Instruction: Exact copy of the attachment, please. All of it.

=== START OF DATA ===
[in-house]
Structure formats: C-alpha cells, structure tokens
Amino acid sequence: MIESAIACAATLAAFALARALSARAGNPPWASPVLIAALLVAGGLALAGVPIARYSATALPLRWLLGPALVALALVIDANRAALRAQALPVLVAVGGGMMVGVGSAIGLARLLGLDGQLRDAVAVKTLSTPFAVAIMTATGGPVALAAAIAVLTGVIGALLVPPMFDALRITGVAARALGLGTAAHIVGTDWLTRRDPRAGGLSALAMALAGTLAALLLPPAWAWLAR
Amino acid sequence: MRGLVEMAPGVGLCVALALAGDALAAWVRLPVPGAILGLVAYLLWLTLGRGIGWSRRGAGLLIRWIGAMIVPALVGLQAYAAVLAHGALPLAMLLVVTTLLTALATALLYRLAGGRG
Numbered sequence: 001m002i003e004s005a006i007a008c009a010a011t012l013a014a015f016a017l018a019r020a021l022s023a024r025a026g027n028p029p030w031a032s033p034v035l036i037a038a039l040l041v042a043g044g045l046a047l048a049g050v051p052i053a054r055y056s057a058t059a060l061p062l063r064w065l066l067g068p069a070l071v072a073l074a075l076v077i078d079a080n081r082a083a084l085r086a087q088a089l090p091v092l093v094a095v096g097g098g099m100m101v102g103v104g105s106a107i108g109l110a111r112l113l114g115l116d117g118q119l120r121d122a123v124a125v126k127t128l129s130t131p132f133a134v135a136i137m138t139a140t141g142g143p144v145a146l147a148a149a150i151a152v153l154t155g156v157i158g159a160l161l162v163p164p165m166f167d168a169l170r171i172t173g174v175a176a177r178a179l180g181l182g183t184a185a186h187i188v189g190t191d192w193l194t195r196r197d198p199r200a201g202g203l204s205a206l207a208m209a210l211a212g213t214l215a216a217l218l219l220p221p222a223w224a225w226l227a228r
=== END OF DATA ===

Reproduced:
[in-house]
Structure formats: C-alpha cells, structure tokens
Amino acid sequence: MIESAIACAATLAAFALARALSARAGNPPWASPVLIAALLVAGGLALAGVPIARYSATALPLRWLLGPALVALALVIDANRAALRAQALPVLVAVGGGMMVGVGSAIGLARLLGLDGQLRDAVAVKTLSTPFAVAIMTATGGPVALAAAIAVLTGVIGALLVPPMFDALRITGVAARALGLGTAAHIVGTDWLTRRDPRAGGLSALAMALAGTLAALLLPPAWAWLAR
Amino acid sequence: MRGLVEMAPGVGLCVALALAGDALAAWVRLPVPGAILGLVAYLLWLTLGRGIGWSRRGAGLLIRWIGAMIVPALVGLQAYAAVLAHGALPLAMLLVVTTLLTALATALLYRLAGGRG
Numbered sequence: 001m002i003e004s005a006i007a008c009a010a011t012l013a014a015f016a017l018a019r020a021l022s023a024r025a026g027n028p029p030w031a032s033p034v035l036i037a038a039l040l041v042a043g044g045l046a047l048a049g050v051p052i053a054r055y056s057a058t059a060l061p062l063r064w065l066l067g068p069a070l071v072a073l074a075l076v077i078d079a080n081r082a083a084l085r086a087q088a089l090p091v092l093v094a095v096g097g098g099m100m101v102g103v104g105s106a107i108g109l110a111r112l113l114g115l116d117g118q119l120r121d122a123v124a125v126k127t128l129s130t131p132f133a134v135a136i137m138t139a140t141g142g143p144v145a146l147a148a149a150i151a152v153l154t155g156v157i158g159a160l161l162v163p164p165m166f167d168a169l170r171i172t173g174v175a176a177r178a179l180g181l182g183t184a185a186h187i188v189g190t191d192w193l194t195r196r197d198p199r200a201g202g203l204s205a206l207a208m209a210l211a212g213t214l215a216a217l218l219l220p221p222a223w224a225w226l227a228r